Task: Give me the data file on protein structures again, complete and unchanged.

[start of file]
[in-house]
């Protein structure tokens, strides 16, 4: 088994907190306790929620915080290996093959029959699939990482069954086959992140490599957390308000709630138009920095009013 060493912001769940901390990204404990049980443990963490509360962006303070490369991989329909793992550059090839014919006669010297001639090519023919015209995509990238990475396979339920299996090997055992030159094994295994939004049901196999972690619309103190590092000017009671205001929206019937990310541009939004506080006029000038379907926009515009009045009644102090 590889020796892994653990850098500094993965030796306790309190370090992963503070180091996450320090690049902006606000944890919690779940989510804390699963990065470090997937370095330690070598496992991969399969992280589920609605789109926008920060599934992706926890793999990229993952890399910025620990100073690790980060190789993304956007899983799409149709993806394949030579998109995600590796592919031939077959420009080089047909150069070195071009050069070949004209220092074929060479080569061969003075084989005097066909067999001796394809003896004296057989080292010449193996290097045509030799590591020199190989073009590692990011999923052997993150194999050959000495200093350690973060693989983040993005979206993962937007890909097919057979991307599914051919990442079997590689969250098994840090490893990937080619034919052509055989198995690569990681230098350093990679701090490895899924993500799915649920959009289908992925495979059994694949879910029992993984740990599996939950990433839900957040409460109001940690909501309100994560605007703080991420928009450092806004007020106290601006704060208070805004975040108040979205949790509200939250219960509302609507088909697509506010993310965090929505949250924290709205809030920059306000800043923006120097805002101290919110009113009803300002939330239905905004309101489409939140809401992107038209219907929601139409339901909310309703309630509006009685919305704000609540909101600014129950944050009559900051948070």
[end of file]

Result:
[in-house]
């Protein structure tokens, strides 16, 4: 088994907190306790929620915080290996093959029959699939990482069954086959992140490599957390308000709630138009920095009013 060493912001769940901390990204404990049980443990963490509360962006303070490369991989329909793992550059090839014919006669010297001639090519023919015209995509990238990475396979339920299996090997055992030159094994295994939004049901196999972690619309103190590092000017009671205001929206019937990310541009939004506080006029000038379907926009515009009045009644102090 590889020796892994653990850098500094993965030796306790309190370090992963503070180091996450320090690049902006606000944890919690779940989510804390699963990065470090997937370095330690070598496992991969399969992280589920609605789109926008920060599934992706926890793999990229993952890399910025620990100073690790980060190789993304956007899983799409149709993806394949030579998109995600590796592919031939077959420009080089047909150069070195071009050069070949004209220092074929060479080569061969003075084989005097066909067999001796394809003896004296057989080292010449193996290097045509030799590591020199190989073009590692990011999923052997993150194999050959000495200093350690973060693989983040993005979206993962937007890909097919057979991307599914051919990442079997590689969250098994840090490893990937080619034919052509055989198995690569990681230098350093990679701090490895899924993500799915649920959009289908992925495979059994694949879910029992993984740990599996939950990433839900957040409460109001940690909501309100994560605007703080991420928009450092806004007020106290601006704060208070805004975040108040979205949790509200939250219960509302609507088909697509506010993310965090929505949250924290709205809030920059306000800043923006120097805002101290919110009113009803300002939330239905905004309101489409939140809401992107038209219907929601139409339901909310309703309630509006009685919305704000609540909101600014129950944050009559900051948070």